Preserved Home: Use your melon — preserve it

An entire watermelon can be preserved in several jars, which can last for a summer treat all season. (Photo by Laura Woolfrey-Macklem)

An entire watermelon can be preserved in several jars, which can last for a summer treat all season. (Photo by Laura Woolfrey-Macklem)

2013_COLUMN_WOOLFREYSummer is in full swing, and that means experimenting with my dehydrator. I have two dehydrators, and they will be running all summer and fall. With this versatile kitchen tool, I preserve fruits, vegetables, meat and even grains. One of my most unique put-ups is dehydrated watermelon.

I enjoy making the unexpected happen with my dehydrator. When dehydrated, watermelon tastes like a Jolly Rancher. It’s delicious, and starts rehydrating in your mouth. And don’t bother picking out the seeds, those are a crunchy treat.

Don’t stop with just watermelon. You can also dehydrate honeydew, cantaloupe or any melon. We recently bought a cantaloupe that had such little flavor, we found it inedible. Being my frugal self, I cut the cantaloupe in small chunks and dehydrated the melon. Results? Delicious and sweet.

There are a few different ways you can dehydrate melons. For longer-term storage, you want the melon to be more brittle. If you plan on eating your dehydrated melon in the near future, you can pull the trays when the melon is still chewy and bends, but not wet. The length of time it takes to dehydrate anything is dependent on the model of dehydrator, the food type, and also how small you cut the food. I cut melons two ways, in one-quarter-inch pieces or in little chunks. For melons, set your dehydrator at 135 degrees, and expect about 8 hours until it’s ready.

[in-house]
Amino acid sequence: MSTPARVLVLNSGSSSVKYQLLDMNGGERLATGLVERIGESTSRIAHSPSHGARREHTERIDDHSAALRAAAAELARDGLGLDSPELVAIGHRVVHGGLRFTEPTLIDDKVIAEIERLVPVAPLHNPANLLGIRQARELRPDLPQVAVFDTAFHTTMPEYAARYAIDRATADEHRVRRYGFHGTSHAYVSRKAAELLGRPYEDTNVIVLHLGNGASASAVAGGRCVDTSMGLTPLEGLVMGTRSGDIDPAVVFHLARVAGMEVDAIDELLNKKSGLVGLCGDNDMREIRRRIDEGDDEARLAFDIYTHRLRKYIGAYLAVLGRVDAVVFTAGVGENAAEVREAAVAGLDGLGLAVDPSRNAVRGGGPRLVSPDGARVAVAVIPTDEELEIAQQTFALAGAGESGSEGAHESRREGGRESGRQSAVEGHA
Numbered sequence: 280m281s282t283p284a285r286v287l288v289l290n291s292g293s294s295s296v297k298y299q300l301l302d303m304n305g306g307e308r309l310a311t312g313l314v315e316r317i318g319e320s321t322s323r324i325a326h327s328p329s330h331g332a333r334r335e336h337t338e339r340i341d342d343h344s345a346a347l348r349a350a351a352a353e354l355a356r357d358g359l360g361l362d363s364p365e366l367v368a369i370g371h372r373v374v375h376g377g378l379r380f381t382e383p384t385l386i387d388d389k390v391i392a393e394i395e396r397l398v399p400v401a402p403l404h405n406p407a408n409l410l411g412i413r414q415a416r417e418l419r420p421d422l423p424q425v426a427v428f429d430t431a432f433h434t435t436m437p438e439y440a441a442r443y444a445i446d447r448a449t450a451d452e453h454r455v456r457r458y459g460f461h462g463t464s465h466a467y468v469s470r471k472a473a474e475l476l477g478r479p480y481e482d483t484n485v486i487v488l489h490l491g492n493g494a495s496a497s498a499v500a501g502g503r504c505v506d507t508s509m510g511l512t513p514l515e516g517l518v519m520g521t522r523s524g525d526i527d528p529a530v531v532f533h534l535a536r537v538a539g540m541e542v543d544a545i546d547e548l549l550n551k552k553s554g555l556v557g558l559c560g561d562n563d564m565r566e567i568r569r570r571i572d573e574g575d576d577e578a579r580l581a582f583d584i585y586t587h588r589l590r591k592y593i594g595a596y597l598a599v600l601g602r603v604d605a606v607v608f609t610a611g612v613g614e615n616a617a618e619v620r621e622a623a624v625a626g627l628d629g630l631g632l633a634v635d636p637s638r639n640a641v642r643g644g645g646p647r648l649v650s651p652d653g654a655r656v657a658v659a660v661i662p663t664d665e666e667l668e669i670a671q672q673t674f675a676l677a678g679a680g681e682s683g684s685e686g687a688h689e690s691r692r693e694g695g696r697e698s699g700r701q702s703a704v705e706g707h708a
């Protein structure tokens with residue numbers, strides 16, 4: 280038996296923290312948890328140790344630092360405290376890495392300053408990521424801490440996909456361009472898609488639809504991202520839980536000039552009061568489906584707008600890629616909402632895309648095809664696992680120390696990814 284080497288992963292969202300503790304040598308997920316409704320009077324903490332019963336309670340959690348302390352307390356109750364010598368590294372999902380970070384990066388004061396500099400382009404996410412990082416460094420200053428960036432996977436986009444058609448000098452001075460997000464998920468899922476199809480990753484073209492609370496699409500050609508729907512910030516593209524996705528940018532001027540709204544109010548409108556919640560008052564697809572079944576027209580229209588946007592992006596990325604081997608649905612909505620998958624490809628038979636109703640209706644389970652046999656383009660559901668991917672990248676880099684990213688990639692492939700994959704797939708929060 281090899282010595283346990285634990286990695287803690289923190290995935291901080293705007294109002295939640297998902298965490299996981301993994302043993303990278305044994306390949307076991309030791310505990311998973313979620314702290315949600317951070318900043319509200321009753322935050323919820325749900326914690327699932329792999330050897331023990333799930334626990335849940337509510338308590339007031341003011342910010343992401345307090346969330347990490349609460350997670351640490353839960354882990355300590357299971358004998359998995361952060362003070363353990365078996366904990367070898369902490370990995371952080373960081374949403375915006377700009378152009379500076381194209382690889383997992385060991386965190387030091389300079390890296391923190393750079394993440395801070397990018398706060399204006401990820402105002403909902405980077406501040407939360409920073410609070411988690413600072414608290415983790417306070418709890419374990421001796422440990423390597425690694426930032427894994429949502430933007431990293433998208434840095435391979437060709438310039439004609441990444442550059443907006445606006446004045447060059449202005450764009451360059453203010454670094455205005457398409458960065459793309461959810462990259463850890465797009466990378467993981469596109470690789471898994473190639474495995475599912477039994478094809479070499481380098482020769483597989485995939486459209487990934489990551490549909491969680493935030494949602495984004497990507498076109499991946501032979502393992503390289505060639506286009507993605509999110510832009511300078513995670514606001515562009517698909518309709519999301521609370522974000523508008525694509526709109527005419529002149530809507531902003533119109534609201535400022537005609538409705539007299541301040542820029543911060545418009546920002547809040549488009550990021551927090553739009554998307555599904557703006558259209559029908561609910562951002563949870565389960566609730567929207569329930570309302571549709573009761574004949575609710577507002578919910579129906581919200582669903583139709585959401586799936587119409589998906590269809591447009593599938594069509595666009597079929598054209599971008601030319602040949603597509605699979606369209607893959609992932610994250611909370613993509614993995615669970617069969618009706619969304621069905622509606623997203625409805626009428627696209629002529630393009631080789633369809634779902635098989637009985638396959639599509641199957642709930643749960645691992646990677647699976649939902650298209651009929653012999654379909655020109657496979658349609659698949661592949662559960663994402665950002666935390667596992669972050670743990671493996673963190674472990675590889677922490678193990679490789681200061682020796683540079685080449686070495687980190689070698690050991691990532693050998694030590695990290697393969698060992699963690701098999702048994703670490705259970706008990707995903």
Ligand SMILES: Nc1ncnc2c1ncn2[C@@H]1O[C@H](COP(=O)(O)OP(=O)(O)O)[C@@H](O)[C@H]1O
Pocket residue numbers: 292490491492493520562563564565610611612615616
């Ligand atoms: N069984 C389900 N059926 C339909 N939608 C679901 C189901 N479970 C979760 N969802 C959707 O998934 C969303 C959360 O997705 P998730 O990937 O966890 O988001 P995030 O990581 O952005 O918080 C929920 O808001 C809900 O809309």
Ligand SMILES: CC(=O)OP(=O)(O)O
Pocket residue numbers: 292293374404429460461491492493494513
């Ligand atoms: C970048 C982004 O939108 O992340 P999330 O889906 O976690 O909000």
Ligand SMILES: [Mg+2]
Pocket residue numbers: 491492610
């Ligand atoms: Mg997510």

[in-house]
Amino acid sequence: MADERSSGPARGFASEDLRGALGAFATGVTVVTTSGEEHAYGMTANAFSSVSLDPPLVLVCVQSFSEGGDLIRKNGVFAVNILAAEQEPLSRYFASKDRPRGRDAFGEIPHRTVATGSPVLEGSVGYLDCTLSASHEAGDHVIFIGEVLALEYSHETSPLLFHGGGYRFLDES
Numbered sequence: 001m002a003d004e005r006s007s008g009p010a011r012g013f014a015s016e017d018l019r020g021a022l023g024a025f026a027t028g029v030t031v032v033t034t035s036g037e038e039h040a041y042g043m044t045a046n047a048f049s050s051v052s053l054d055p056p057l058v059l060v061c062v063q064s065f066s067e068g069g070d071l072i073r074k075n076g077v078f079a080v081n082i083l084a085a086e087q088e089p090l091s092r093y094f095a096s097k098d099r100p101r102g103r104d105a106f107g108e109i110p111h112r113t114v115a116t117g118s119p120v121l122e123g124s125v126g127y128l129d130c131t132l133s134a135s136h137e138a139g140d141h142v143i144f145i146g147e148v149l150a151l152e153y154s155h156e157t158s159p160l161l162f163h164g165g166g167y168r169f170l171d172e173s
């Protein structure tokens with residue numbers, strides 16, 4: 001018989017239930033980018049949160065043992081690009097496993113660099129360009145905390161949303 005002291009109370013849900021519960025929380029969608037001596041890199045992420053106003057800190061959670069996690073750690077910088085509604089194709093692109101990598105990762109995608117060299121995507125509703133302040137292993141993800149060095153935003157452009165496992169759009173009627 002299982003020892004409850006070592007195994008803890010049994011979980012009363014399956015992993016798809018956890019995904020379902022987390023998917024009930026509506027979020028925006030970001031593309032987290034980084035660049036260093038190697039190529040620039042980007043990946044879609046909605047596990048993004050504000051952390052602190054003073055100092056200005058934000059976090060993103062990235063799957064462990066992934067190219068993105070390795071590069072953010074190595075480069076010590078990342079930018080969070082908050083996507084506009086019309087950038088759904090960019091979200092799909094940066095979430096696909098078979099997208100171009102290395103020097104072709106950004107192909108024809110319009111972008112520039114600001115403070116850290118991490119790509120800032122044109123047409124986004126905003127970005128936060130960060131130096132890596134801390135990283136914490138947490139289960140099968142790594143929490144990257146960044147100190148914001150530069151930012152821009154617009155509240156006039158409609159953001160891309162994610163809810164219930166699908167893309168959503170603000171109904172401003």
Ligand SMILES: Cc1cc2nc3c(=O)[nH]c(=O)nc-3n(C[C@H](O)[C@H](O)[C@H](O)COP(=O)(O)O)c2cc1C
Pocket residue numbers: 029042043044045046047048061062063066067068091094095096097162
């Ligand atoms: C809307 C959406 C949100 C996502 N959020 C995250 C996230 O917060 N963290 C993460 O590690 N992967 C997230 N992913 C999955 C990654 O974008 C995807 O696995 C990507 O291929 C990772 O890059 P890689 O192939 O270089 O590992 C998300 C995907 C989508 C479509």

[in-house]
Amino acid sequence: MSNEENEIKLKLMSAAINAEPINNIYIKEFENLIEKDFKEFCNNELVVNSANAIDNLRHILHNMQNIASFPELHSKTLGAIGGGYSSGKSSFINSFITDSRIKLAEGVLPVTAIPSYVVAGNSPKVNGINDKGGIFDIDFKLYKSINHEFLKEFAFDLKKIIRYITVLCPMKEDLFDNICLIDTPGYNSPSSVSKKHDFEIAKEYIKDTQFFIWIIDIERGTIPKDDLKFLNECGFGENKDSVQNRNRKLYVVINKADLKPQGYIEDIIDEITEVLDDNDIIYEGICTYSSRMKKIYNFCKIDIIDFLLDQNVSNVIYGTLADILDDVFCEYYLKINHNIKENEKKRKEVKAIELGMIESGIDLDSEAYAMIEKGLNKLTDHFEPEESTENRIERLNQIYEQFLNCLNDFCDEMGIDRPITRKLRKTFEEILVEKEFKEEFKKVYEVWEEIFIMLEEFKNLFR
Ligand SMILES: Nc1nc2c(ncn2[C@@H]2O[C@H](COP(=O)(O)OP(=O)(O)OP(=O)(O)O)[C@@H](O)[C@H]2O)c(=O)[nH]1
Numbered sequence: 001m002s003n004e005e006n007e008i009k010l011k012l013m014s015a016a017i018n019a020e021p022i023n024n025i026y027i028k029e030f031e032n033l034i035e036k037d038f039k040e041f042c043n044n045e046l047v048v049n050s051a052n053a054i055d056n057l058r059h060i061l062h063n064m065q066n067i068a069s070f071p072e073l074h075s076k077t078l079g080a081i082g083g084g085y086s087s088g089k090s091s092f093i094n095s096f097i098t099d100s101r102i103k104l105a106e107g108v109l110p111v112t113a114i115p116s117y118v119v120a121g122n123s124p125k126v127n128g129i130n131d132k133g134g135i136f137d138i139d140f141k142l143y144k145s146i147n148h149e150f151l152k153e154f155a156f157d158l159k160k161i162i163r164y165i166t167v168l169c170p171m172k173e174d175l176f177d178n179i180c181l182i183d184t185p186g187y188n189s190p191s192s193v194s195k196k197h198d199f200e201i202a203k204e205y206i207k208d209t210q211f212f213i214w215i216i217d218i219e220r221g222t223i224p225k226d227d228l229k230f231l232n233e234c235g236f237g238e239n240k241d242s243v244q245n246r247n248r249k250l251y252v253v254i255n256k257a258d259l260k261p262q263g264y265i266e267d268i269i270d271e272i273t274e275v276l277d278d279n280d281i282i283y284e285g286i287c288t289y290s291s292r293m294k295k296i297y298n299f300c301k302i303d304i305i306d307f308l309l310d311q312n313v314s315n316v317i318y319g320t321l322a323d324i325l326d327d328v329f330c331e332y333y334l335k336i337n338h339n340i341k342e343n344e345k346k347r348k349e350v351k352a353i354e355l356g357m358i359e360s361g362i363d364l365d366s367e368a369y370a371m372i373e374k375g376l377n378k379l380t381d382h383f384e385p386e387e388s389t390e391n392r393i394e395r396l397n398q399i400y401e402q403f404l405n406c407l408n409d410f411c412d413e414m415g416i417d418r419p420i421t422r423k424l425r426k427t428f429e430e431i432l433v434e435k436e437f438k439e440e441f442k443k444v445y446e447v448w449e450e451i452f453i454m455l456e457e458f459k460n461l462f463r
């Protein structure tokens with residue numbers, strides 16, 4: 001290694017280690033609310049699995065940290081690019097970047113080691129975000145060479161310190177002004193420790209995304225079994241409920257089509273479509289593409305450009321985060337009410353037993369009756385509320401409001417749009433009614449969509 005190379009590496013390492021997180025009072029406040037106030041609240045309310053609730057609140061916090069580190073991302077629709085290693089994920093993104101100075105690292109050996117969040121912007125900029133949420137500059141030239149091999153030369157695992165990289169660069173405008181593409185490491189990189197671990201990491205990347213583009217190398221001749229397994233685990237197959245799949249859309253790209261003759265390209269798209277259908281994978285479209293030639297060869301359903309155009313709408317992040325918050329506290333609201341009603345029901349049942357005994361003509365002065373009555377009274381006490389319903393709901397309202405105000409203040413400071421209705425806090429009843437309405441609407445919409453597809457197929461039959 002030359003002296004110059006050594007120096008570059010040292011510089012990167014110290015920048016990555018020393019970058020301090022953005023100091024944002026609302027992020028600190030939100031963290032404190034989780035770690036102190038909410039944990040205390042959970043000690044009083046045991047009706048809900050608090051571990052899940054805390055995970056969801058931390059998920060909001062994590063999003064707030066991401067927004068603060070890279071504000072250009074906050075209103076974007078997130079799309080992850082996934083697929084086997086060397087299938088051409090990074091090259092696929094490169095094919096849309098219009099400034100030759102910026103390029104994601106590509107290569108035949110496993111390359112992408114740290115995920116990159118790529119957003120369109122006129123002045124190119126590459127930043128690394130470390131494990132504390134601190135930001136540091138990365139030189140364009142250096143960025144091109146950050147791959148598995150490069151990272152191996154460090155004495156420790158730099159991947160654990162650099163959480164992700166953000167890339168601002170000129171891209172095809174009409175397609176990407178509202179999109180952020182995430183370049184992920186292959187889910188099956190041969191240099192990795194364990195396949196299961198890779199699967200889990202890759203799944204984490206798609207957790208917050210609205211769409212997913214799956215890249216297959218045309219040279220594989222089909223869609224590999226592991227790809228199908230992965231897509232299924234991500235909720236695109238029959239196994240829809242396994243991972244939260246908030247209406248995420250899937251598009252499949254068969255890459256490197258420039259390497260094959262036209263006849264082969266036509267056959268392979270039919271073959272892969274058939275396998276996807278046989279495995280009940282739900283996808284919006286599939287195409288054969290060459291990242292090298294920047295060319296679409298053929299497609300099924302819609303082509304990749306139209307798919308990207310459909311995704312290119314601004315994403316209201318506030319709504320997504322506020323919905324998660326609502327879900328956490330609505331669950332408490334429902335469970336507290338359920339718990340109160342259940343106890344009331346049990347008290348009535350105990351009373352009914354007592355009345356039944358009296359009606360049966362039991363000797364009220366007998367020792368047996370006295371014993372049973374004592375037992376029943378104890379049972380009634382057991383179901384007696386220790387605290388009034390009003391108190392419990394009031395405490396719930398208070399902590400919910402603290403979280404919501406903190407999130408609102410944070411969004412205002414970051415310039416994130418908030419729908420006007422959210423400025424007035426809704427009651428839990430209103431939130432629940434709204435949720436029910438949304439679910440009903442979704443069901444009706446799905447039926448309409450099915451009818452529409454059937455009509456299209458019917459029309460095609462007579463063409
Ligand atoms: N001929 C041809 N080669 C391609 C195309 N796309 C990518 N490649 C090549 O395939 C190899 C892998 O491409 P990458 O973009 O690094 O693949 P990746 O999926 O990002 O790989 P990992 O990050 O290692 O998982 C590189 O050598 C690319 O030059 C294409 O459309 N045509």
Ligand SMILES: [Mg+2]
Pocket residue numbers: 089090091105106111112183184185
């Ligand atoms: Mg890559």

I store my dehydrated foods in canning jars and vacuum seal the tops. You need a special (inexpensive) attachment for your vacuum sealer to make the jars airtight.

Sometimes I’ll make a dried fruit salad for my children. I’ll mix dehydrated watermelon, pineapple, honeydew, strawberries and other fruits, and store in snack bags for a quick on-the-go munchie. While I’ve never put dehydrated melon “in” anything, I do use dehydrated peaches, strawberries, apples and pineapples in homemade instant oatmeal, granola bars, quick breads and trail mix. When cooked in a baked good or oatmeal, the fruit rehydrates beautifully.

Dried fruit purchased in the store often seems to have a sickening sweet coating. You don’t need to add sugar to dehydrated fruit, as the drying process condenses the natural sugar. And you don’t need to treat fruits with acid to prevent browning for dehydration purposes. I do coat apples and peaches with cinnamon or apple pie spice before dehydrating. Try dehydrating mango with a spicy mix for a different treat.

For dehydrating fruits such as blueberries or grapes, you must break the skin. Instead of cutting each piece of fruit in half, freeze the fruit. The low temperature breaks down the fruit’s skin enough to quicken the dehydrating process.

Don’t have a dehydrator? There are two shapes, round and square. I have one of each. The round dehydrators have a fan in the top, which means you have to rotate trays once or twice. The round dehydrators don’t work as quickly, either. Another downfall is the round shape makes fruit leather more difficult to remove. Despite all of the downfalls, my round Nesco dehydrator works very well, and it’s the least expensive option.

The square Excalibur dehydrator is more expensive, and it commands more counter space. However, those are the only cons to choosing this model. I have a nine-tray Excalibur dehydrator, which is fashioned with a fan on the inside, back. The fan distributes hot air to all the trays evenly, dehydrating the food much faster than the top-fan model. Also, leathers peel off easier with the square trays. With the square model, you can also take out all the trays and use the machine as a yogurt maker.

In regard to energy usage, a dehydrator takes the same energy as a light bulb.

Dehydrating food allows me to stock up on produce when it’s in season, which saves money. While I also can foods, dehydrating saves shelf space and is a quicker solution to preserving food than canning. When faced with boxes of produce from the farmers market, it’s much less daunting to know I can use my dehydrator as another preserving method.

Saving money by stocking up when produce is in season with the help of a dehydrator — now that’s using your melon.

Laura Woolfrey-Macklem is a former North County resident who produces the Preserved Home blog. Visit Send questions and comments to [email protected].